My friend Bernice's ten-year-old son is pleading for guitar lessons. He's decided to be the next great rock guitarist. "I'm not sure where he came up with the idea," she said, "because we don't listen to that much rock." She agreed to give him guitar lessons but told him he would take classical guitar lessons. A music stand would be needed, I mused, and began the research.William Wilson, guitarist and teacher (619-300-6284; williamwilson.com ) related to Bernice's story. "Usually, when the student is 12 or 13 years old, even if they have been playing classical guitar, they want to become a rock player," he said. "It's inevitable. That's what happened with me. But in my experience, if you get to the student before that and sow the seeds of a little classical technique, they find the rock guitar bores them. It's not as hard, in many ways, as the classical guitar. So after a while, they go back to the classical guitar because that was a challenge. Some students you never get back, though; they are just lost."
Either way, Wilson said, a guitarist needs music stands. "I think most musicians have several music stands. I carry three of them in the back of my car. I have two at home and two at work."
Is there a certain height for guitar stands?
"With guitar-playing, we are unique in that you want a stand that's low. We usually sit when playing; the stand is just above knee level. We do that so the stand will not block the projection of the guitar. Also you can see what the guitar player is doing. With a big music stand, all you see when you look at the musician is the stand...instead of the guitar player's fingers."
Wilson usually uses a Manhasset stand. "The Manhasset Concertina Stand, which runs about $50 , is the smallest one I have seen," said Wilson. "It sits really low. You also can put stand extenders on it, called Stand Outs. They are plastic leaves that slide onto the music stand, so that when you need the stand to be wider, it will fit more than two sheets of music. The stand then holds four pages of music. With an instrument like a guitar, where you can't turn the pages, it helps to have four pages that show at one time. Some stands you can't use extenders on because they have a lip on the side."
Wilson did have a cautionary tale with the Manhasset stands.
"In my experience, the washers on the stand often break," he said. "If you put heavy stuff on it, the washers will break and the stand will be real flimsy on the top. So you have to change the washer. But that only happens when you overload it, which I do all the time. If you were using just sheets of music, that shouldn't be a problem."
For travel music stands, Wilson had another name for me. "I really like the Nilton Magic music stands [ $92.99 at sharmusic.com ]. I had one that I used for years. They are made out of plastic, really light [under 3 1/2 pounds], and they pack up fairly small.
"I also own a wooden stand that I use in my practice studio," he stated. "It comes apart into two pieces; you can adjust the height and the angle with these brass screws. Though I use my wooden stand, it is more for decoration."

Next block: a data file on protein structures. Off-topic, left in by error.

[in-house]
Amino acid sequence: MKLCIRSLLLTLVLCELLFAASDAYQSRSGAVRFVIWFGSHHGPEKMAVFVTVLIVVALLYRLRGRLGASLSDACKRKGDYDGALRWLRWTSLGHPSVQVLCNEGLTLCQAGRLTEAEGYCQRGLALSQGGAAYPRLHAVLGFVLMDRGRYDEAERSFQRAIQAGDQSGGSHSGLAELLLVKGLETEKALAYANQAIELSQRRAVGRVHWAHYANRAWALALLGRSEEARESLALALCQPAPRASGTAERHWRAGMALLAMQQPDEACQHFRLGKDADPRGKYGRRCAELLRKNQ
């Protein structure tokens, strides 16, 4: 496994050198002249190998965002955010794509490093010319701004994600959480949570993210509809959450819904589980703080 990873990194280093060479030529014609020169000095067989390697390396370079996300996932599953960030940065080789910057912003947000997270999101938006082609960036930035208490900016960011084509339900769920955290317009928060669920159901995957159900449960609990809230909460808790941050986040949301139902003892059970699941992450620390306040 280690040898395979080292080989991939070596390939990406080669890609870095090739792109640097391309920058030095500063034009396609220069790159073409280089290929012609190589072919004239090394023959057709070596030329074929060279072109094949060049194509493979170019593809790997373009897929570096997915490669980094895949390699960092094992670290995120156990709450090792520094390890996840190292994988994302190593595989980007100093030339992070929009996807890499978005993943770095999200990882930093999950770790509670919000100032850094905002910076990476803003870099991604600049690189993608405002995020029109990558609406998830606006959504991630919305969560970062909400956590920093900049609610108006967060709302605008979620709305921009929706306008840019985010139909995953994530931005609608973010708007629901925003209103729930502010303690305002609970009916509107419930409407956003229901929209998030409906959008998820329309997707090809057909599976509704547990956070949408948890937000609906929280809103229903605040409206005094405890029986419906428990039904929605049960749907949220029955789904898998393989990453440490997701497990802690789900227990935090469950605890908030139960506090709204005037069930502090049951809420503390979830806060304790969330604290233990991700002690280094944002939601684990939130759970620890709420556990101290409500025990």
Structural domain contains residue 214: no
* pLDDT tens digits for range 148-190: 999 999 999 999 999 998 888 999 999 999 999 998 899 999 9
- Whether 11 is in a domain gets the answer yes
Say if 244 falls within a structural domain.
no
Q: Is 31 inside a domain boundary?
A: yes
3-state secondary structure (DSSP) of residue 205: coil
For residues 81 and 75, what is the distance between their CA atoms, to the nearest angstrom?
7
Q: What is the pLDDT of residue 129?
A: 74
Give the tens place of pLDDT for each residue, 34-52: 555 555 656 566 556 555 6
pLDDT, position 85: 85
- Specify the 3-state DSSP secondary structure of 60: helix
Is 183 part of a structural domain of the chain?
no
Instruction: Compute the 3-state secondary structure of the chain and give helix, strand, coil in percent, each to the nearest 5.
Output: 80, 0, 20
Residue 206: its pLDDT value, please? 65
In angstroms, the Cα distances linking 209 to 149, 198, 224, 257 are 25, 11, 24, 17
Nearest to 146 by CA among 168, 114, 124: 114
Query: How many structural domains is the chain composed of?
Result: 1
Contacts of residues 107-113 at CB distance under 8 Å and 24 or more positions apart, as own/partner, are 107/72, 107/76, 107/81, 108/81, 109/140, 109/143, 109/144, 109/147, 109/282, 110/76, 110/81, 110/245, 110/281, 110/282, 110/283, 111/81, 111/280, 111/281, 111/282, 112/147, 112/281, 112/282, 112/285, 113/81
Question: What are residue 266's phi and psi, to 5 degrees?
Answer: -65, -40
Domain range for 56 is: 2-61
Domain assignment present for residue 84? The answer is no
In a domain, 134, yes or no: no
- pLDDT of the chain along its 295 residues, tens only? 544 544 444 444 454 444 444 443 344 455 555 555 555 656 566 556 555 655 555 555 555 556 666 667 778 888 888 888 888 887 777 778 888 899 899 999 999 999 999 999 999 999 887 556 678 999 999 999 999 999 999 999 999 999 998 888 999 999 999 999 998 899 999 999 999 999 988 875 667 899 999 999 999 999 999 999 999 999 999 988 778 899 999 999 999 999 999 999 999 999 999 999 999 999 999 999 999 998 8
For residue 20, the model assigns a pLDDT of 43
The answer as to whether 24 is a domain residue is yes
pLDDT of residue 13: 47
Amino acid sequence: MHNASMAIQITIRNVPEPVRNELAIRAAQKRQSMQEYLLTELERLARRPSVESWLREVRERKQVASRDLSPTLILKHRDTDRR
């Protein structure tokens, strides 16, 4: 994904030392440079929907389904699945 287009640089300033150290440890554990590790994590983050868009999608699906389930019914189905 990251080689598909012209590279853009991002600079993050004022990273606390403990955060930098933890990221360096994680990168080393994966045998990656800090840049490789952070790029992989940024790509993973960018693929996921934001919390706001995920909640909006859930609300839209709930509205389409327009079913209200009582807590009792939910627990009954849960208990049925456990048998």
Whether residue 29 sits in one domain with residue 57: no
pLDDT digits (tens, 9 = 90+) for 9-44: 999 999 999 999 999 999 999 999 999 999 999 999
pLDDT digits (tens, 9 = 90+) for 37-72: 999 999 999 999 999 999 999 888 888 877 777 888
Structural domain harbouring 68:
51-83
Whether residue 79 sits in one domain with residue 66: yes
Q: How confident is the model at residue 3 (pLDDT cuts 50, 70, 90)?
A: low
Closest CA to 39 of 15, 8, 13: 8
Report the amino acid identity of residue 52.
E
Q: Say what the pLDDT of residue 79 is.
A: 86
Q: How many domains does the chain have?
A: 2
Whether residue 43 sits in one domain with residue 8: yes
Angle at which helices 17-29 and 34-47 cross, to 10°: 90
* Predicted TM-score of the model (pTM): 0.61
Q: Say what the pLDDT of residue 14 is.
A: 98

What about the wire music stands?
"They are the cheapest, so people often go for those," he continued, "but there are a couple of different styles of wire stands. Some you can't adjust the angles that your music is at, and those are the worst. Because when the stand is stuck at one angle and you can't alter it, sometimes it is hard to see if you are sitting up high or standing. Other wire stands you can tilt the music and those are decent."
Should the stand have a shelf?
"Most don't use one, but they probably should," continued Wilson. "When it comes to learning guitar, you are oftentimes using a pick, and people lose those left and right. If they have a little shelf, they can have their pick and a pencil handy to make notes." The Manhasset Concertina Stand does not have a shelf, but Wilson says you can buy little plastic shelves that slip on to the bottom of the stand.
The salesman at Alan's Music Center filled me in on a few more details. "Student stands are a lightweight wire stand in the $10 price range. They fold up to either a 17-inch length collapsed or a 21-inch collapsed. Some stands come with a bag. The better-quality stands have more durable stem feet and the desk is a solid desk so that you can clamp on a music light if you need to. Those range from $22.50 to $150 .
"Some stands are hydraulic," he added, "you put your foot on the bottom of the stand and you pull up on the top part and it comes up and stops where you want it to. Other stands have a wing nut on the stand that you tighten in any position that you want it."
What are the feet options?
"Some of the feet on the stands fold up in a tripod fashion. Others are a round stand like the bottom of a microphone stand. There are advantages to both. The tripod you can fold up and take with you. It will fit in your car a little better."
What would be a middle-of-the-road quality stand?
"That would probably describe a Manhasset stand," he answered, "one that has a collapsible base, about a$40 stand. It is longer lasting, heavier duty, and it has the solid desk that you could put a light on if you wanted to add a light. The desk can change attitudes, raising and turning it."